Take a Journey Along Route 60 — the Biblical Highway

For thousands of years, the historic road has carried pilgrims and other travelers through the heart of the Holy Land

Detail of the movie poster for ‘Route 60: The Biblical Highway’
Detail of the movie poster for ‘Route 60: The Biblical Highway’ (photo: Fathom Events / TBN)

Route 60 is a concrete and asphalt road that cuts 146 miles through rocky desert and historic ruins in the Promised Land, connecting Jerusalem with Nazareth on the north, and with Beersheba on the south. People long ago would travel that ancient road to reach Jerusalem for three feasts each year. The biblical spine of the Holy Land, sometimes referred to as the “Path of the Patriarchs,” has been the site of frequent unrest and violence, but also the site of many familiar Bible stories from the Old and New Testaments.

This month TBN and Fathom Events will release a film about the historic road, Route 60: The Biblical Highway. The movie is a modern-day TripTik that uses visual techniques, graphics and maps to bring to life the history of the Holy Land along that famous route. Two familiar figures in American politics will lead viewers along the storied highway: David Friedman, former U.S. Ambassador to Israel, and former U.S. Secretary of State Mike Pompeo. Friedman is Jewish and Pompeo is Christian; together, the two weave a historic narrative of the Old and New Testaments, at the sites where the classic stories actually occurred.

Ambassador Friedman recently spoke with me about Route 60’s rich history and about his work in international relations, including his success in negotiating the Abraham Accords which normalized relations between Israel and five Muslim nations. “We did that after we supported Jerusalem as the capital of Israel,” he revealed, “and we recognized the rights of the Jewish people to live in the United Arab Emirates.”

The Muslim world, Friedman reported, “is a very religious world; and they do respect other people’s faith. I was happy, as I got to know them, to see the respect that they had for people of faith. In the region, people respect one another’s beliefs, and we were able to exploit that.”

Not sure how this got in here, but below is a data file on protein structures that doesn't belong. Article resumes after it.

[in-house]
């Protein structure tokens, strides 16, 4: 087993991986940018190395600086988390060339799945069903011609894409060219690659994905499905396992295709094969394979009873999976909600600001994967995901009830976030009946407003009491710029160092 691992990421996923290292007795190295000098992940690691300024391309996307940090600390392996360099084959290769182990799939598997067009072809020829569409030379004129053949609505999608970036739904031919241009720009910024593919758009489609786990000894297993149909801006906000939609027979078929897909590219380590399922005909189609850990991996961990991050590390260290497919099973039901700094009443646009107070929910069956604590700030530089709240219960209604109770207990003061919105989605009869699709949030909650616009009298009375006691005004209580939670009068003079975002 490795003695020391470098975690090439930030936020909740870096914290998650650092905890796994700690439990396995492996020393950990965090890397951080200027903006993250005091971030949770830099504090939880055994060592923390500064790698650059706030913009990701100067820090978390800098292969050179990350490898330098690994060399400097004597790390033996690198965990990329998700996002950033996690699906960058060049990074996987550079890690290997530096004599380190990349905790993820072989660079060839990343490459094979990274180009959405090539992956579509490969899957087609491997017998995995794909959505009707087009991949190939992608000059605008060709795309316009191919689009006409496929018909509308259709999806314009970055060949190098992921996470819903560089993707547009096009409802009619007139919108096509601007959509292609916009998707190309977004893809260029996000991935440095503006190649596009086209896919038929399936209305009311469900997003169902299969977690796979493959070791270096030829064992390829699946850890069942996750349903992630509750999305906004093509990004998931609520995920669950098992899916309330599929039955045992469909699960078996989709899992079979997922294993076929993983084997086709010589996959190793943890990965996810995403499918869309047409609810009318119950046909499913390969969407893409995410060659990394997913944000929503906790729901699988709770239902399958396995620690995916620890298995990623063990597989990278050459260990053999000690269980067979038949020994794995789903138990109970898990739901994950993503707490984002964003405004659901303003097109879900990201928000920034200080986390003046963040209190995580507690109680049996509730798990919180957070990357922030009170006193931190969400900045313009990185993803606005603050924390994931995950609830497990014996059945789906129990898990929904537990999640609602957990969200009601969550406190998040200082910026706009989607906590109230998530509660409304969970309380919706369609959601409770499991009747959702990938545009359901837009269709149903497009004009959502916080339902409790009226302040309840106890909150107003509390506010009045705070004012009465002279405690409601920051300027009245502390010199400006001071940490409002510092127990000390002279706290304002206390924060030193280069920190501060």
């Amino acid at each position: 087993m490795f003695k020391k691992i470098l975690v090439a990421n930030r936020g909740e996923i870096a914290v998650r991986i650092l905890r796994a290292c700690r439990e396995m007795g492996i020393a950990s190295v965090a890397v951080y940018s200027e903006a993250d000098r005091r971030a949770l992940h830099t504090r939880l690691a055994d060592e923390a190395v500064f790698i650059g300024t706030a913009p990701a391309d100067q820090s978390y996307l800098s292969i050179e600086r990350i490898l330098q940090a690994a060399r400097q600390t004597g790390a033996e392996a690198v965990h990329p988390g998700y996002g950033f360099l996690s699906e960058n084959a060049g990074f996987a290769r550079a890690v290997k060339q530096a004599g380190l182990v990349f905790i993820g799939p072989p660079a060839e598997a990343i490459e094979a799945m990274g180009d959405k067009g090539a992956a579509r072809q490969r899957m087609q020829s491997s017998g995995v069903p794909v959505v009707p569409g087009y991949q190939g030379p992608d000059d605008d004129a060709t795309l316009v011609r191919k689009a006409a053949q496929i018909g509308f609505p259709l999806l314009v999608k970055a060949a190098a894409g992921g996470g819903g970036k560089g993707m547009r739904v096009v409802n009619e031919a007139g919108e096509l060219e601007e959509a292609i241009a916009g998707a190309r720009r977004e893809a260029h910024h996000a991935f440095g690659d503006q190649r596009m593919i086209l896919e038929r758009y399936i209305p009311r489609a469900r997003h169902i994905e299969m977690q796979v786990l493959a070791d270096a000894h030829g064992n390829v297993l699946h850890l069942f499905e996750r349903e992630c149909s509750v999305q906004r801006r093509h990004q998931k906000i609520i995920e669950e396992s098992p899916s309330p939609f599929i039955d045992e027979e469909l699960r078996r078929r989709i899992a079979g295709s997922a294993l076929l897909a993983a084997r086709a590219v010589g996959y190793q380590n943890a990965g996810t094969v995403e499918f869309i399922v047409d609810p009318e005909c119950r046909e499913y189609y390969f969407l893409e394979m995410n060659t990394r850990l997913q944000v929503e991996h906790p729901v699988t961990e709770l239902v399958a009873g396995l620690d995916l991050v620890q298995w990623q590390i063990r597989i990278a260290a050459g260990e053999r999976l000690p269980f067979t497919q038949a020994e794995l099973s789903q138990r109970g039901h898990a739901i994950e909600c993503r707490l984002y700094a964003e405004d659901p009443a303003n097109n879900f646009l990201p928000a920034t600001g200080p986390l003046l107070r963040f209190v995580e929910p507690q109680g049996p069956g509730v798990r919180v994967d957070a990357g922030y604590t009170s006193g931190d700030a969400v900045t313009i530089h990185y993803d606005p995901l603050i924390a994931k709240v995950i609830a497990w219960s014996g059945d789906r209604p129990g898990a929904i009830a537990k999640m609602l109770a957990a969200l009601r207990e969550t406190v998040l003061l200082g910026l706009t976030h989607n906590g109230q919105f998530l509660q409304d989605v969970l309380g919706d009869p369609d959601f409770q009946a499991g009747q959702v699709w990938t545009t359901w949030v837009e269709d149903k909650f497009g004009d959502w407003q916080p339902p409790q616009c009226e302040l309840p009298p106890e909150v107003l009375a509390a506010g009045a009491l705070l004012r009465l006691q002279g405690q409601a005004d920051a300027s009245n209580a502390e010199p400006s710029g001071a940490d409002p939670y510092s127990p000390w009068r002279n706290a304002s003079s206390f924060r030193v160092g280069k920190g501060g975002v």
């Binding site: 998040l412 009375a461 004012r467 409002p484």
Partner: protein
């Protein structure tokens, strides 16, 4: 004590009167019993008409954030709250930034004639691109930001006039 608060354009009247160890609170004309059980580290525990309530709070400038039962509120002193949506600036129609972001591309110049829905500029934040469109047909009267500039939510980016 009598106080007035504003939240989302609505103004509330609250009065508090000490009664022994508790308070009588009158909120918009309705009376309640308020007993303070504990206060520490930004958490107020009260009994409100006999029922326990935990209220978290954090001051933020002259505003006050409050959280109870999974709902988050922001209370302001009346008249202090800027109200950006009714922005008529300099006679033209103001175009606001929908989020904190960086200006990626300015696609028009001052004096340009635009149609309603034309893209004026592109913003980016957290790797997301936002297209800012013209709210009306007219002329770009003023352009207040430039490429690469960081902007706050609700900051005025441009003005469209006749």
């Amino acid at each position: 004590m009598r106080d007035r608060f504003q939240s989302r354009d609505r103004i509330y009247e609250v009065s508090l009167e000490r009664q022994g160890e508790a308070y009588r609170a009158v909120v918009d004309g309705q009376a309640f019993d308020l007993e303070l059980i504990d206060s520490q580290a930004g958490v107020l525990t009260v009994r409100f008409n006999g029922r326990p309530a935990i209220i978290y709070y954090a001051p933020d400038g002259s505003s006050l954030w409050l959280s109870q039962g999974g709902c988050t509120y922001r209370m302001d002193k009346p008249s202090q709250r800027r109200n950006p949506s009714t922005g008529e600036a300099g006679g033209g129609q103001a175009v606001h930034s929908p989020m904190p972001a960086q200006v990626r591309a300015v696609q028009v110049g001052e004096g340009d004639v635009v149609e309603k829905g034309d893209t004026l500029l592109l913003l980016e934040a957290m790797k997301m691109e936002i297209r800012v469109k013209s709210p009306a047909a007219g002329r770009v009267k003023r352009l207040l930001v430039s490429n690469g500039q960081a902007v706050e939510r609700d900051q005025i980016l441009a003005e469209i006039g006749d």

For Friedman, a visit to the Holy Land is a seminal experience in the life of a believer. “There is a difference between studying the Bible or reading the Bible, and visiting the Bible,” he explained. “To walk in the footsteps of biblical heroes is powerful and important, because it elevates these Bible stories from the world of myth to the world of truth. You can see evidence that these stories actually happened. These people actually lived.”

As an example of evidence confirming the veracity of biblical stories, Friedman cited Jacob’s altar at Bethel, which was constructed deliberately, following the direction given by God. “You don’t just stand at the site of Jacob’s ladder or Joshua’s altar,” Friedman said, “and not react. For people of faith, it has the capacity to really reinforce one’s faith, concretize it with events, and to recharge your batteries a little bit. For people who don’t believe, I hope [seeing the archaeological artifacts and structures] helps them to better understand why those who do believe care about it so much!”

The singular most important location in Israel, Friedman believed, is Jerusalem. “I see that people who visit — whether it’s Jerusalem or Hebron or Rachel’s Tomb — are all deeply affected. Travelers are often jet-lagged and tired, but here, they understand that they are standing in a place where their greatest biblical heroes once stood and lived and preached and performed their miracles. Their reaction is so energizing — it’s almost as though you open your eyes for the first time.”

Ambassador Friedman acknowledged that while he had a commanding knowledge of Old Testament events, he relied on Mike Pompeo for the New Testament stories that Christians understood and loved. From his co-host Mike Pompeo, Friedman learned about what had transpired at the Garden of Gethsemane, as well as the stories from the life of Christ that occurred in Nazareth and Jerusalem.

What does he want viewers to take away from Route 60: The Biblical Highway? Friedman hoped that those who see the film will understand that this territory of modern-day Israel is deeply holy, and we should all care about it. He hopes that many viewers might, at some point in their lives, take the opportunity to travel to the Holy Land and visit the holy sites, because it will help people to convert all of their holy stories to truth.

Route 60: The Biblical Highway will open in select theaters across the United States for two days only: Sept. 18 and 19. Ambassador Friedman expects that it will at some point be available for streaming as well. He hopes, too, that it will be offered in other countries — in Israel, and throughout Europe.